Vituary: Nicole S.

Because of my selective memory, I often remember things more by the way they made me feel than exactly what happened. I remember feeling apprehensive about having quit my job and the move to New York. I realized immediately that I could not live without both friends and a TV. And since I had no friends yet, I went to the Kmart in White Plains, New York to get an electronic friend of sorts, a TV. Luckily, the TV was not my only friend for long. In the first week of law school I met my friend Nicole.

We have the same name. Her mom thought our voice mail for our house line should have said, “If you want to speak to Nicole, press one. If you want to speak to Nicole, press 2.” We were so poor when we lived together, we did not have a house line, so this was a moot point.

Our first road trip together could have ruined our friendship. I made her ride with me in my little Jetta to my storage unit in Maryland. We got caught in traffic on the New Jersey turnpike. You discover quickly how you really feel about someone stuck in traffic. I liked her a lot. She must have liked me too, because I think my car was so full of my possessions (read: crap), she had stuff at her feet and could barely move.

I have never seen her use her black belt in tai kwon doe, but I know she could kick my ass. But you can’t really tell that at first glance. Behind her glowing smile and vaguely Texan accent, lies a person of great depth with a unique way of seeing the world and processing it. I think this is one of the things that drew me to her, because I, too, often lack the ability to see the world like everyone else does.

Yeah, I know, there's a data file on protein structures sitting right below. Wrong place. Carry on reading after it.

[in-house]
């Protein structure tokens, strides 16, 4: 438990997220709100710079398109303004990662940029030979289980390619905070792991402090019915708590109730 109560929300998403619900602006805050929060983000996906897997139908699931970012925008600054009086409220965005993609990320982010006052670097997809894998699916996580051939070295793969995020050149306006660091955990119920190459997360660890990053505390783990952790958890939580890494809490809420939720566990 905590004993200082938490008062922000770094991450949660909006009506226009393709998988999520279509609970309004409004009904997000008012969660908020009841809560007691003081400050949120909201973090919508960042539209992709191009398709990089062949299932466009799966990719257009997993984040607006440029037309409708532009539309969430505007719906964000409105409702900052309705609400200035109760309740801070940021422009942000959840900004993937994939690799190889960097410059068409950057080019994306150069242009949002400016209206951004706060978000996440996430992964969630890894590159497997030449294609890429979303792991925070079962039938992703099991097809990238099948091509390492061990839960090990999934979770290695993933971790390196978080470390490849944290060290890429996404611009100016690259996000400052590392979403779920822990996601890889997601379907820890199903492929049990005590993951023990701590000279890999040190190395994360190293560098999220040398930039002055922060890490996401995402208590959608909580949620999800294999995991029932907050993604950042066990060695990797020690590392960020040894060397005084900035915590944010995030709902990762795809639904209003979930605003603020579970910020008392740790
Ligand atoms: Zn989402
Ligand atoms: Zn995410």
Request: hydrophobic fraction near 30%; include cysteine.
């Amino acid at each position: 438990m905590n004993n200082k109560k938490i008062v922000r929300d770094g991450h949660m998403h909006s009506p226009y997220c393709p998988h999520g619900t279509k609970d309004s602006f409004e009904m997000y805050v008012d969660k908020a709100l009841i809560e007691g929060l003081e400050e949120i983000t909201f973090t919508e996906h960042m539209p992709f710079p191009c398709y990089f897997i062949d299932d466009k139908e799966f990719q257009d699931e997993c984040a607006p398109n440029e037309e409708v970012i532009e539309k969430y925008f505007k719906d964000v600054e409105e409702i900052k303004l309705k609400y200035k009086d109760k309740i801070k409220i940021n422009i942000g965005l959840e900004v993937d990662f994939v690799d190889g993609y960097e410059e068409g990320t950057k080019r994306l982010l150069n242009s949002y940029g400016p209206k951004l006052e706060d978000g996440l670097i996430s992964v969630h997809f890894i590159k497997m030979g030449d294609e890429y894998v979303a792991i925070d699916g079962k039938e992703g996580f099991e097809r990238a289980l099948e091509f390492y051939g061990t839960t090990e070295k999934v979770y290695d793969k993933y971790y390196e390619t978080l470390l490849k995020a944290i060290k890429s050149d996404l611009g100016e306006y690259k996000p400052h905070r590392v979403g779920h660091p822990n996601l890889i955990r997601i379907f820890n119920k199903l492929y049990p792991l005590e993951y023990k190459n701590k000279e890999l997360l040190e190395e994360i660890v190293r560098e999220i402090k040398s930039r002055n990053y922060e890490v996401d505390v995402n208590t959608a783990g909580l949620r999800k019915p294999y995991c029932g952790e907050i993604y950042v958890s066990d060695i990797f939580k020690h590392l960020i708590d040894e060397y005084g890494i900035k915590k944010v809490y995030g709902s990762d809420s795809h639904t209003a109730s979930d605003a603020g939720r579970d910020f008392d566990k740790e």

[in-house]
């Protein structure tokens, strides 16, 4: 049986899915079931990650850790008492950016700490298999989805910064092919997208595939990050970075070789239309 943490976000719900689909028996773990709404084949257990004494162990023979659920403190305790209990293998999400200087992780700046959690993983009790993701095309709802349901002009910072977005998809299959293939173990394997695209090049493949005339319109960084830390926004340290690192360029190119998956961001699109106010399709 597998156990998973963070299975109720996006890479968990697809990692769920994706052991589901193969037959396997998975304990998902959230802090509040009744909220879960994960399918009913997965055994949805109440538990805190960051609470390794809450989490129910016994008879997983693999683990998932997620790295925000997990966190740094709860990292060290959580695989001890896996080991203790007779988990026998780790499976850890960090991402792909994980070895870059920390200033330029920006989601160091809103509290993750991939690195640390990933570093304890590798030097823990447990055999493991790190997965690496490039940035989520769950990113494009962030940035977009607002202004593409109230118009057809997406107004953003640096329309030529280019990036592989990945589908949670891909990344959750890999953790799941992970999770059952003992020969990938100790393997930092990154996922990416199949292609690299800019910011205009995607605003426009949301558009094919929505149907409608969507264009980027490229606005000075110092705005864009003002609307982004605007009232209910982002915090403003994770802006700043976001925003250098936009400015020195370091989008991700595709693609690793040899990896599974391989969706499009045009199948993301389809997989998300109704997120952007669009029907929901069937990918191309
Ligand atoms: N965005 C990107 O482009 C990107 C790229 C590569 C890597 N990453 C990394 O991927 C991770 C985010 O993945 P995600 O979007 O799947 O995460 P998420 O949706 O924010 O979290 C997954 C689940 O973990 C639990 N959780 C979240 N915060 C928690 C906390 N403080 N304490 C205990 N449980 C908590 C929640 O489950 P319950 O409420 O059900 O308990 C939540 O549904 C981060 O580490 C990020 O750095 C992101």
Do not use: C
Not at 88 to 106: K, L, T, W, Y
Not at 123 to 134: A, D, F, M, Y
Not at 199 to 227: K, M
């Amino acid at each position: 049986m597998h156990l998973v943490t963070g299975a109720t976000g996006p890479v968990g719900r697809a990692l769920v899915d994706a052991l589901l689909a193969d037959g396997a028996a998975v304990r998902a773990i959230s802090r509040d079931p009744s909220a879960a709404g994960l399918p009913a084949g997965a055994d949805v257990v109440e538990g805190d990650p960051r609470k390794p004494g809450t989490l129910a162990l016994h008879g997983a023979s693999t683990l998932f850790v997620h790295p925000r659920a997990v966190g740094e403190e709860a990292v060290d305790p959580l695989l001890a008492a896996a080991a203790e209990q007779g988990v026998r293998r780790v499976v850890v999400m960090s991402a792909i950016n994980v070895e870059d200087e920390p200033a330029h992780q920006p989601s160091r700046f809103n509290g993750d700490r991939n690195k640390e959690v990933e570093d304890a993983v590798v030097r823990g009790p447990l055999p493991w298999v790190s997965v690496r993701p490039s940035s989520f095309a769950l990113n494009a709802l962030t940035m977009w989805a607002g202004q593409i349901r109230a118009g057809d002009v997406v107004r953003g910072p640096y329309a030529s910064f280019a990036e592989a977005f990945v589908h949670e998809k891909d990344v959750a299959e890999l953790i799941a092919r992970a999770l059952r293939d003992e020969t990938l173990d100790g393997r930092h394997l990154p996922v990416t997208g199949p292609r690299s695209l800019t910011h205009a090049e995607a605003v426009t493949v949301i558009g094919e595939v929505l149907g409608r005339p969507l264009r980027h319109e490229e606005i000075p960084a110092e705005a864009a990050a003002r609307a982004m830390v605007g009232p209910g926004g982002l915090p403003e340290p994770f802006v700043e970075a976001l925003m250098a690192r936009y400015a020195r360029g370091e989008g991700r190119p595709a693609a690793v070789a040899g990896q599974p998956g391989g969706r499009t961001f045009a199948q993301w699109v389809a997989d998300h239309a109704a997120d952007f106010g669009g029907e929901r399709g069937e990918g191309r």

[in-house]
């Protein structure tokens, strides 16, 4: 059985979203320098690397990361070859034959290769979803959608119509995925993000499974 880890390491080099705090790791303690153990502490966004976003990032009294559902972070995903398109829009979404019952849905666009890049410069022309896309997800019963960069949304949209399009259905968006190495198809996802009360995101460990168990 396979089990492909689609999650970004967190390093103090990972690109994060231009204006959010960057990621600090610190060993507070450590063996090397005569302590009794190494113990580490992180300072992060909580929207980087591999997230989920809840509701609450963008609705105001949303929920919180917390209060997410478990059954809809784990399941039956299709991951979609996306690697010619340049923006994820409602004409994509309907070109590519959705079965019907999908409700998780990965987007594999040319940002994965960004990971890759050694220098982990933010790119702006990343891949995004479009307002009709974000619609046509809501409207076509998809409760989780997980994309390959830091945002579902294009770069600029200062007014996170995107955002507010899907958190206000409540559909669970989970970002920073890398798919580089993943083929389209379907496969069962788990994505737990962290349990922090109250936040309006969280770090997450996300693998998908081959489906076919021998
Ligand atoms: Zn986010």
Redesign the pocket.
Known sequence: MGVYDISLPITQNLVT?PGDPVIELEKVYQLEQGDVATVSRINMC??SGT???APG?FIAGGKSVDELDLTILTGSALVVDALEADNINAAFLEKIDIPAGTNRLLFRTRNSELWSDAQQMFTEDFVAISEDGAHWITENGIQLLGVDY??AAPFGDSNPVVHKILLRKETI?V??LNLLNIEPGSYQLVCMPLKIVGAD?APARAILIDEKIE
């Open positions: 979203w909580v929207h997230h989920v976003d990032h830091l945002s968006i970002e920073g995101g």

The day I drove off in my car, planning to leave New York for a year, Nicole started crying. Sometimes I don’t realize, or try not to think about leaving the people I love. Nicole knew I would be gone for a year, and I appreciated her expression of this. I, too, would miss her, and our bantering, and her continued efforts to get me to eat better, and my continued efforts to get her to eat crap.

Last weekend she threw the perfect wedding shower for me. My close friends from law school came together for an afternoon of un-rushed enjoyment of each others company. No one had any place to be and we could talk and lounge around the pool to our heart’s content.

These are a few of the events we have shared. I know there were many more, even if the only real memory I have of them is of the feeling of comfort. That comfortable feeling that comes with friends who are more like family, who you don’t mind seeing you without your bra on, who you know will keep loving you wherever you are. This is the feeling I associate with Nicole: comfort.

I am lucky to have such a good friend to share my life with. Thank you Nicole. Love, Nicole

Movie Review: Mama Mia

Starring: Meryl Streep, Pierce Brosnan, Stellan SkarsgÄrd, Collin Firth

I get why Meryl Streep did the movie Mama Mia: she gets to make out with Pierce Brosnan, and it all takes place on a beautiful island in Greece. What I don’t get is why it sucks. The idea was cute, but the movie lacked that zing, that thing that makes you feel all warm and fuzzy inside.

Maybe it was because the people playing the parts were too old. I know they are acting, but that only gets you so far sometimes. And boy can Meryl move. She does not look like she is 59. She looks great. But she is supposed to be playing the mom of a twenty-year-old. Mind you the movie never mentions how old she was when she had her daughter, but because her mom would not let her come home after she got pregnant, I would guess she was around 20. That makes Meryl, even in great shape about twenty years too old for the part.

I think the other thing missing from the movie was a little more back-story about the daughter. Ostensibly, all of her mom’s ex-lovers are in town because of the daughter’s wedding. (Neither the viewer nor the daughter know which one is her dad.) Then we learn she is only 20. Oh and her best friends have British accents while the daughter sounds like an American. And what about college? I guess I don’t know where the daughter is coming from or where she is going or why she is getting married.